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Mol Diagn Ther. 2012 Oct;16(5):269-83. doi: 10.1007/s40291-012-0006-3.

Current outlook on molecular pathogenesis and treatment of myeloproliferative neoplasms.

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  • 1Division of Hematology and Medical Oncology, Mayo Clinic, Scottsdale, AZ 85259, USA. tibes.raoul@mayo.edu

Abstract

Discovery of the JAK2 V617F mutation in the myeloproliferative neoplasms (MPNs) essential thrombocythemia (ET), polycythemia vera (PV), and primary myelofibrosis (PMF) has stimulated great interest in the underlying molecular mechanisms and treatment of these diseases. Along with acceleration of technologies, novel mutations in genes such as MPL, LNK, and CBL have been discovered that converge on the JAK-STAT pathway. Several additional novel mutations in genes involved in epigenetic regulation of the genome, including TET2, ASXL1, DNMT3A, and IDH1/2, have emerged, in addition to several mutations in cellular splicing machinery. While understanding of the pathogenetic mechanisms of these novel mutations in MPNs has improved, it is still lagging behind the pace of mutation discovery. Concurrent with molecular discoveries, especially with regard to JAK-STAT signaling, therapeutic development has accelerated in recent years. More than ten JAK kinase inhibitors have been advanced into clinical trials. Recently the first JAK2 inhibitor was approved for use in patients with PMF. Most JAK-targeting agents share similar characteristics with regard to clinical benefit, consisting of improvements in splenomegaly, constitutional symptoms, and cytopenias, for example. It remains to be determined if JAK2 inhibitors can considerably impact disease progression and bone marrow histologic features (e.g., fibrosis) or significantly impact the JAK2 allele burden. While JAK2 inhibitors appear to be promising in PV and ET, they need to be compared with standard therapies, such as hydroxyurea or interferon-based therapies. Future clinical development will focus on optimal combination partners and agents that target alternative mechanisms, deepen the response, and achieve molecular remissions.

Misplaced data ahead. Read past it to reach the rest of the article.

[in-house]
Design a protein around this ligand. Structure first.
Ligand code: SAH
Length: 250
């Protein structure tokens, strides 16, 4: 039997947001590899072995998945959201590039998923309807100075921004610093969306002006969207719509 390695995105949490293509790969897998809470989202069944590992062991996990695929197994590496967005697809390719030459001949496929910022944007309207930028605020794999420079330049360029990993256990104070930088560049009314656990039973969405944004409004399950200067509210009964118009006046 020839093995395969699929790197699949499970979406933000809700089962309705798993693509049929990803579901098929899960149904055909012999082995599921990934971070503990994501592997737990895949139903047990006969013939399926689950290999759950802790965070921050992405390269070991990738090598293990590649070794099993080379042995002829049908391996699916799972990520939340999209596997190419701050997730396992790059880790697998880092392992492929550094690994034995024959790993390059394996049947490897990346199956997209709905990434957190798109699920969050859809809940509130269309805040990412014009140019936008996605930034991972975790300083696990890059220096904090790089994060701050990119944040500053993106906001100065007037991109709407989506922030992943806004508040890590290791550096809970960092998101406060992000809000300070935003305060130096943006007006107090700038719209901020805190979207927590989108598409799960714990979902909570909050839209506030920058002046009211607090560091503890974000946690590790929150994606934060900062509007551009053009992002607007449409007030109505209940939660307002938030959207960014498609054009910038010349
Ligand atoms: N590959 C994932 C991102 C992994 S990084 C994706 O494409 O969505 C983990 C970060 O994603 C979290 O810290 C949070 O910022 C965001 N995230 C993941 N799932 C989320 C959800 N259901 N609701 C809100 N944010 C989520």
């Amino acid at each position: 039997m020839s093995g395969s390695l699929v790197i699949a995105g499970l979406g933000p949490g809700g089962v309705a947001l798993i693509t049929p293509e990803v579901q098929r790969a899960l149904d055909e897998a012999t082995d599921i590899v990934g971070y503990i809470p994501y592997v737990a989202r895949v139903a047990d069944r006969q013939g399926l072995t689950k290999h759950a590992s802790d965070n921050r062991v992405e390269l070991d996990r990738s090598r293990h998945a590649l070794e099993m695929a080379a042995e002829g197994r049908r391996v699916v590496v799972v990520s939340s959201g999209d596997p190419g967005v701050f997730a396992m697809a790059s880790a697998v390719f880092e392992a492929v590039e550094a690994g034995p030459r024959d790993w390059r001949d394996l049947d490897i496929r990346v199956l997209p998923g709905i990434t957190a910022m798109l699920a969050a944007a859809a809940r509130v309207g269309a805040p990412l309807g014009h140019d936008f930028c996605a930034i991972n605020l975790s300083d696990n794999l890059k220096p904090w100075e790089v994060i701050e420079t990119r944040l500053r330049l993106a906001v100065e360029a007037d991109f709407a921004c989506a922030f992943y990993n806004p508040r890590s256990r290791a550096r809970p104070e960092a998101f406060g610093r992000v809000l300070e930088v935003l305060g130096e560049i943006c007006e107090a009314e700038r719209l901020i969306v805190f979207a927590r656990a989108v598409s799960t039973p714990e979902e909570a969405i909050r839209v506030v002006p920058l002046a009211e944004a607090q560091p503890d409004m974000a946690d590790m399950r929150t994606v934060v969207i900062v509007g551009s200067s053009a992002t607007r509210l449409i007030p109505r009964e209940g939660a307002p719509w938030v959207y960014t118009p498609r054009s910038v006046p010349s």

PMID:
23023734
[PubMed - indexed for MEDLINE]

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